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What is the difference between cast acrylic and extruded acrylic?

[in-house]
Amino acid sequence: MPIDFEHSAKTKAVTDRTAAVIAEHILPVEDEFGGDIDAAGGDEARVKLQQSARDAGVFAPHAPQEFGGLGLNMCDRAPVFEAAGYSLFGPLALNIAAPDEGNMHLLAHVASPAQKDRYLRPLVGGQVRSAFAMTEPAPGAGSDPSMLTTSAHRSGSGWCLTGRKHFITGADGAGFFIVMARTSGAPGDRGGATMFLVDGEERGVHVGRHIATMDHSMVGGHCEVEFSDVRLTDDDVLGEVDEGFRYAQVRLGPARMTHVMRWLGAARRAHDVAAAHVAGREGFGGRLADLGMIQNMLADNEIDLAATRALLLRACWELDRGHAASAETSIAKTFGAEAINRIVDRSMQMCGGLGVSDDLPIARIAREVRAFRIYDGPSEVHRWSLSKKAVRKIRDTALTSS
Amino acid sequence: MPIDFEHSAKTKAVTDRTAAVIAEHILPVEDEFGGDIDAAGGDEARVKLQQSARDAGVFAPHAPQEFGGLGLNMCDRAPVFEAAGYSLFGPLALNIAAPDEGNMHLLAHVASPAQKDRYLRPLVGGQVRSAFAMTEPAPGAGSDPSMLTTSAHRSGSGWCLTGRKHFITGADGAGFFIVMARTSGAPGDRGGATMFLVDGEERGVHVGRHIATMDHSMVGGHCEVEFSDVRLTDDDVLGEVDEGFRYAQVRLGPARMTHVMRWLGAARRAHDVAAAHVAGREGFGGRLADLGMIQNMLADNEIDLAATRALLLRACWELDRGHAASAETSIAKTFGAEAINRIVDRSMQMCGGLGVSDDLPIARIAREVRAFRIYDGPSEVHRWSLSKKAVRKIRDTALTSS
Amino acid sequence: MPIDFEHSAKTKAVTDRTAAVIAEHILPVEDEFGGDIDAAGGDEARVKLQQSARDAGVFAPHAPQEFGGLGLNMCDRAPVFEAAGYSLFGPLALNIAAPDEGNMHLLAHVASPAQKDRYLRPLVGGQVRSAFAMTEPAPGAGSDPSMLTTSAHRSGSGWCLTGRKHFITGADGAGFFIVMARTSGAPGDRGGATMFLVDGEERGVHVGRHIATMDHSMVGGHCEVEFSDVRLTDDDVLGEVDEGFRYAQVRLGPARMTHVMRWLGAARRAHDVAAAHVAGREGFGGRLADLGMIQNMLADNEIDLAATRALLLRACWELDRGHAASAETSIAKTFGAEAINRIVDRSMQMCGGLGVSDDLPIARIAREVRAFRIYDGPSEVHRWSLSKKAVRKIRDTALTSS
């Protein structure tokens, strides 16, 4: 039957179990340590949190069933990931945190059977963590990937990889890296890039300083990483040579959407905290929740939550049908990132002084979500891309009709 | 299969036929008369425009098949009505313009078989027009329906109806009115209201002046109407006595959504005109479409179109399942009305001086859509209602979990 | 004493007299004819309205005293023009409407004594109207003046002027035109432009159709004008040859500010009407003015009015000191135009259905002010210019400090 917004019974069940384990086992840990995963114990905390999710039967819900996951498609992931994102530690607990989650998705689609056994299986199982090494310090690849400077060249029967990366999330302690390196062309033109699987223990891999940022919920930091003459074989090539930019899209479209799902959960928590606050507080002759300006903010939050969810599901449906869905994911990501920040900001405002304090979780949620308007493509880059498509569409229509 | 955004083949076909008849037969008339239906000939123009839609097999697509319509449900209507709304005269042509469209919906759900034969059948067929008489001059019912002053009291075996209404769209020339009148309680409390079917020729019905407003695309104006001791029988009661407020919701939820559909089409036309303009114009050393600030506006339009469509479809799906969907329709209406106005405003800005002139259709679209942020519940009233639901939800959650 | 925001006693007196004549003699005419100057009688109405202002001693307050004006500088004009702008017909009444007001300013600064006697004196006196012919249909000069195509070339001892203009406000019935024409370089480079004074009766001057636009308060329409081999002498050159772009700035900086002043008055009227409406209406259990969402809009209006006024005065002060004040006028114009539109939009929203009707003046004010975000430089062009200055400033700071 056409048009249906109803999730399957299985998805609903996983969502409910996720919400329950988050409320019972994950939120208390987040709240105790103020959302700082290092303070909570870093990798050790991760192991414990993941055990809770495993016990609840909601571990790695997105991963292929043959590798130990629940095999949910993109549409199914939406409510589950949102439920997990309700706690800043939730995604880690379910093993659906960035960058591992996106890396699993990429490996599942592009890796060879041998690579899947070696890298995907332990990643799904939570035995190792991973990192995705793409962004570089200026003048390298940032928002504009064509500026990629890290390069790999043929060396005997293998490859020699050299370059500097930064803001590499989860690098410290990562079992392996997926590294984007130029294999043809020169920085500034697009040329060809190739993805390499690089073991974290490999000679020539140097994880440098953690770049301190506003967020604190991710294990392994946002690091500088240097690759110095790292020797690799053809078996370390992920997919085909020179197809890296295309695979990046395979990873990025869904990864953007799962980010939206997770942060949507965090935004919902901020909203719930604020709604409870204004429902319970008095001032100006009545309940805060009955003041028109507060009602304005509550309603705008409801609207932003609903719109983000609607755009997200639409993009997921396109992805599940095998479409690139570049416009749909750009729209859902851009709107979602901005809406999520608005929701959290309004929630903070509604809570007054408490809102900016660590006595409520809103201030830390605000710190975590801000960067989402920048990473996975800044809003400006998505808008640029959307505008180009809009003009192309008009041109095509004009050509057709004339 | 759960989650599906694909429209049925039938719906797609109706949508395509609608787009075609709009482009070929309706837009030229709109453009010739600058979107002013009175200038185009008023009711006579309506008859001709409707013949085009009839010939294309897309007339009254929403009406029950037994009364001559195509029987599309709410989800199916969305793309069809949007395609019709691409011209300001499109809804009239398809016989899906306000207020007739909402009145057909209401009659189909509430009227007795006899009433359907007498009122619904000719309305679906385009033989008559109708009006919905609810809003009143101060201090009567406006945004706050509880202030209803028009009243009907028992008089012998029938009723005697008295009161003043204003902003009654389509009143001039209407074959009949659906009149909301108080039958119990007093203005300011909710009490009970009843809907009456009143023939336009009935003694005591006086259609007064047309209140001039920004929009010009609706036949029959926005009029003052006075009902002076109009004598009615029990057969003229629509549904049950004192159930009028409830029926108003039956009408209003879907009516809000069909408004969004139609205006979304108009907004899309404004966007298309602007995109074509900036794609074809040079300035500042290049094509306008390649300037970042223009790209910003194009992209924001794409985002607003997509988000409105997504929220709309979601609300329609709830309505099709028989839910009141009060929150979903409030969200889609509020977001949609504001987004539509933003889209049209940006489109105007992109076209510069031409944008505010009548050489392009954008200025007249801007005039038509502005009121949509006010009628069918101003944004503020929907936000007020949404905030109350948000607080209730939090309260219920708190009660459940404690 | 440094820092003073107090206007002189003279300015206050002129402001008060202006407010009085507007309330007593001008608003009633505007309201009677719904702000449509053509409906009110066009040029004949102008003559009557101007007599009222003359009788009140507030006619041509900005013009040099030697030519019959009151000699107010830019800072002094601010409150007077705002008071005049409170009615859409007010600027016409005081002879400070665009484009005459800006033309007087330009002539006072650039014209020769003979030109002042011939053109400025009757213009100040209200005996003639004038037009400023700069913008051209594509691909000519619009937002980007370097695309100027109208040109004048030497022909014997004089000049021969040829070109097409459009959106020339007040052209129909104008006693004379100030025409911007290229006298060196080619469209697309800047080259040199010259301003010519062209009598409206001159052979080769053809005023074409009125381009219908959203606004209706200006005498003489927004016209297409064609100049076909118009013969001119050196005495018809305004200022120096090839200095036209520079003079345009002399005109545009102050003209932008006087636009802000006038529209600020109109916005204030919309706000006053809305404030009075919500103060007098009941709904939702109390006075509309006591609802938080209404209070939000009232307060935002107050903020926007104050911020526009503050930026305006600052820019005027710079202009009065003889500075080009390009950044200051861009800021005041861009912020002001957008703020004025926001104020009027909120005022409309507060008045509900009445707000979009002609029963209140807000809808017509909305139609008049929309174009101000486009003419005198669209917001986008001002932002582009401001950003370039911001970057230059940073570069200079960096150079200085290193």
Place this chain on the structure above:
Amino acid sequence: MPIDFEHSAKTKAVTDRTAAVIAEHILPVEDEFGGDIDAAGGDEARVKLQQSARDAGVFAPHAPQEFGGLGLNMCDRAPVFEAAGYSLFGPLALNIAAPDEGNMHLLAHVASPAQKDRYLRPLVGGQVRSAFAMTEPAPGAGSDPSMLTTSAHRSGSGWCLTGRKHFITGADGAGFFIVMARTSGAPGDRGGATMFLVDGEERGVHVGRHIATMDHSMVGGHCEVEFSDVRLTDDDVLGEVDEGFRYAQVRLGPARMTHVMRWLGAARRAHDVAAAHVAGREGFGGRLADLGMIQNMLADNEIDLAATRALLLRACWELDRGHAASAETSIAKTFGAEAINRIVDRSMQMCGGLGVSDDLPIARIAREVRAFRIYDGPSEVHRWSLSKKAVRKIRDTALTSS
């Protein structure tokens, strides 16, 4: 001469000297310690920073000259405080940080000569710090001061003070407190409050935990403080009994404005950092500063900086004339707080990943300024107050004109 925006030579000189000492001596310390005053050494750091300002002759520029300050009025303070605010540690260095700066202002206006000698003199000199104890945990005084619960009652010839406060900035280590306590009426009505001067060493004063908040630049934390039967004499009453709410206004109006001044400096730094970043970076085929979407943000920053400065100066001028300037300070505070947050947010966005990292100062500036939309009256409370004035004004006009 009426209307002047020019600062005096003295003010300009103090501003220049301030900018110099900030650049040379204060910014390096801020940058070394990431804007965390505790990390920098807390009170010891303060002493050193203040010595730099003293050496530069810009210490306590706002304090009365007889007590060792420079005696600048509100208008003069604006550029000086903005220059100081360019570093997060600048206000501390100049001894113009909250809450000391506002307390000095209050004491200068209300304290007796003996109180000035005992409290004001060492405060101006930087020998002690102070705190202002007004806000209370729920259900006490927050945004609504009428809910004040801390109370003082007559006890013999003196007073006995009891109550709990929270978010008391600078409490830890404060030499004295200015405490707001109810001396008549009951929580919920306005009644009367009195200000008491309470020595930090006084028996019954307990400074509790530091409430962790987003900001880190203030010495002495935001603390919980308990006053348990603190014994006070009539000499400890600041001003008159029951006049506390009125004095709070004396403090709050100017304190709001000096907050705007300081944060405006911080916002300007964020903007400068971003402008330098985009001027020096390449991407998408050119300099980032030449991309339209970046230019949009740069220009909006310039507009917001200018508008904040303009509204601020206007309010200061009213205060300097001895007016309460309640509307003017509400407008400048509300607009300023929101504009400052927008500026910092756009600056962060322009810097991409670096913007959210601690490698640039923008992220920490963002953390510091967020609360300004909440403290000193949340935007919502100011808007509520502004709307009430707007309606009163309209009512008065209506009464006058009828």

Acrylic is manufactured in two versions - cast and extruded. Cast acrylic is made by pouring the hot liquid acrylic ingredients between two sheets of glass which are separated by rubber gaskets - the thickness of the gasket determines the thickness of the acrylic sheet being made. The sealed glass plates are placed into an oven and allowed to heat during which the chemical processes and changes take place. Finally, the sheets are allowed to cool. Cast acrylic is commonly used for glazing, signage and retail displays. Extruded acrylic is made by pouring hot liquid acrylic ingredients into a form or die before the acrylic is forced through rollers which leaves the material with an even thickness and finish. Cast acrylic is generally regarded as a better quality material and offers a number of advantages over the extruded variant such as being more resistant to chemicals and solvents, less prone to scratching, easier to machine and fabricate and available in a far wider range of colours and surface finishes i.e. gloss/matte. Extruded acrylic is commonly used for lighting applications, interior decoration and screening.